Reading: Article: “Integrating Varieties of Life Course Concepts”, by Duane F. Alwin, (March, 2012) The Journals of Gerontology, Series B: Psychological Sciences and Social Sciences, 67B, 1-15.

October 5, 2012

What’s Up with Population Aging?

Sometime in the relatively near future, the human species will reach a watershed moment in which people over the age of 60 will outnumber children. This is a world in which there are both low birth rates and declining death rates at all ages, and in which people live much longer than has ever been true in the past. These profound trends demand new knowledge on the social forces and factors that shape the life course. This workshop will focus on the main theories of population aging and the research issues facing life course researchers who focus on later life.

Reading: “Looking Forward to a General Theory on Population Aging,” by Jean-Marie Robine and Jean-Pierre Michel, (2004) Journal of Gerontology: Medical Sciences, 6, 590-597.

Discussant: Tetyana Pudrovska

November 5, 2012

Emerging Adulthood: Is there a new Life Stage?

The transition to adulthood has preoccupied life course researchers for several decades, but recent trends in American society of delaying marriage, parenthood, full time work, the lengthening of schooling, and generally putting off the emergence of “adulthood,” suggest that “a quiet revolution” is taking place for young people. Is there truly a “new life stage” developing in American society? Or, does it merely represent greater heterogeneity in lives? This workshop will focus on the issues surrounding the development of these patterns in the United States, and how the life course perspective helps us understand the challenges, uncertainties and possibilities of emerging adulthood.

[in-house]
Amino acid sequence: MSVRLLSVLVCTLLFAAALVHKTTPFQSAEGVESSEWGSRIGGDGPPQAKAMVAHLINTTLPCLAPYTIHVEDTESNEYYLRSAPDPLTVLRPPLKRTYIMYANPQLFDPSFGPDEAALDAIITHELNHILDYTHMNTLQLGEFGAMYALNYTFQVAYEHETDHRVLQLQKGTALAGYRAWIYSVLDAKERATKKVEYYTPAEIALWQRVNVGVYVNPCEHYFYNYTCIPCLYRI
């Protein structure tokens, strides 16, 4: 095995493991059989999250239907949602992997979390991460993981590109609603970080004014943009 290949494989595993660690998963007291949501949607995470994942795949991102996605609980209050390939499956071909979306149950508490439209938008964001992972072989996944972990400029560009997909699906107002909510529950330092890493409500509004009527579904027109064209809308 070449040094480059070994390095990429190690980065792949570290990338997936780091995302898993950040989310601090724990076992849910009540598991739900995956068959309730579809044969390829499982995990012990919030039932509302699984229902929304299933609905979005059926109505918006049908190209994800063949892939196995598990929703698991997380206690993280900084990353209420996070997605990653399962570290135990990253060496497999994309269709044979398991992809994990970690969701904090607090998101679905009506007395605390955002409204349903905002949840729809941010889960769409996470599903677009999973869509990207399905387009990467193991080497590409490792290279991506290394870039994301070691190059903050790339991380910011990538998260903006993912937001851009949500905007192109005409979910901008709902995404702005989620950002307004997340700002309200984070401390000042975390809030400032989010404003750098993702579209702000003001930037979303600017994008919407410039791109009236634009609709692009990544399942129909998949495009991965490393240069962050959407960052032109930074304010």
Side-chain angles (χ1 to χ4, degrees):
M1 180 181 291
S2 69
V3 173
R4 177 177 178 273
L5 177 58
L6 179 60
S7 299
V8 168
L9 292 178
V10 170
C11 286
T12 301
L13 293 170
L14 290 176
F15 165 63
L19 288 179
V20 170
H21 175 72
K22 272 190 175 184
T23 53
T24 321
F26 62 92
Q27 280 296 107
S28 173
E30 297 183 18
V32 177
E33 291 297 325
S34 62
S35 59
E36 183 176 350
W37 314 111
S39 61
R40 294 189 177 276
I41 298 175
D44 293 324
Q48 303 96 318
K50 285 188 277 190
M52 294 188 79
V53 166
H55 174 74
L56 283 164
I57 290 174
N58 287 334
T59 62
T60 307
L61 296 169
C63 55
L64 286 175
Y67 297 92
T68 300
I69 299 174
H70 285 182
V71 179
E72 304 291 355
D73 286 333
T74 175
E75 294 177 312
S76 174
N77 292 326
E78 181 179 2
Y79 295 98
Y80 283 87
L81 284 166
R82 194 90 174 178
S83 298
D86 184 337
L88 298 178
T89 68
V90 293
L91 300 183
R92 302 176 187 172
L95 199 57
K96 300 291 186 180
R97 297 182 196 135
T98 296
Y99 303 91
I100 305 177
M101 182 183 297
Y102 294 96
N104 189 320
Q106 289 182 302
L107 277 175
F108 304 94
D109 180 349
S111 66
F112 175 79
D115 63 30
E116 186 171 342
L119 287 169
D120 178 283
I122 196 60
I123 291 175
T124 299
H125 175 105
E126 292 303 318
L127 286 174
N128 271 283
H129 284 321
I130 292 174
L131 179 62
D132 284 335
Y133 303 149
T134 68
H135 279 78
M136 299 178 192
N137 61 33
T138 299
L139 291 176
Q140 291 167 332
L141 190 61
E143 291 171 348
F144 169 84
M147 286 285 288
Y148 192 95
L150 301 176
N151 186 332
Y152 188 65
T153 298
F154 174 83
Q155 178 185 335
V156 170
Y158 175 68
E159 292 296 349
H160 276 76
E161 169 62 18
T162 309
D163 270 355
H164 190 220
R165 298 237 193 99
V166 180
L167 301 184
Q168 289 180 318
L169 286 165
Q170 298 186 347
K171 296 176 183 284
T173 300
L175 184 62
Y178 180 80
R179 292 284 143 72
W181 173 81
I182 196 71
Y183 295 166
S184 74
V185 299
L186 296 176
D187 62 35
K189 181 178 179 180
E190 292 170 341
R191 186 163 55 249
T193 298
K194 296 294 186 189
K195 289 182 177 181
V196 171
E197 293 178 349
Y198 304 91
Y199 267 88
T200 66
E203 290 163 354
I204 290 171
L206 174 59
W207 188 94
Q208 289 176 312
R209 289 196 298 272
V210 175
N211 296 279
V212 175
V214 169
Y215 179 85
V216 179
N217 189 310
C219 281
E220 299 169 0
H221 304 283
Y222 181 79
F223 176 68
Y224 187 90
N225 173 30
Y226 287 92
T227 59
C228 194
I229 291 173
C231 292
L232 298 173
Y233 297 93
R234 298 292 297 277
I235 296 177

Reading: Chapter 1 from Coming of Age in America: The Transition to Adulthood in the Twenty-first Century, edited by Mary C. Waters, Patrick J. Carr, Maria J. Kefalas, and Jennifer Holdaway. Berkeley and Los Angeles, CA: University of California Press, 2011.

Discussant: Jeremy Staff, Associate Professor of Sociology

December 5, 2012

The Accelerated Longitudinal Design: What’s in it for YOU?

Many longitudinal studies include multiple birth cohorts. In longitudinal studies conducted over a comparatively short interval of time – a few years – it is possible to address some critical issues that may not be possible with other types of designs. For example, one issue that arises involves the question of “convergence” between cross-sectional and longitudinal patterns of “aging” (or age), and the potential of any design to separate these effects and test for critical differences. This workshop focuses on the conceptual and methodological issues of separating the effects of cohort and age within the accelerated longitudinal design.

Reading: “Tests for Linkage of Multiple Cohorts in an Accelerated Longitudinal Design.” By Yasuo Miyazaki and Stephen W. Raudenbush (2000), Psychological Methods, 5, 44-63.

Discussant: Duane Alwin, Professor of Sociology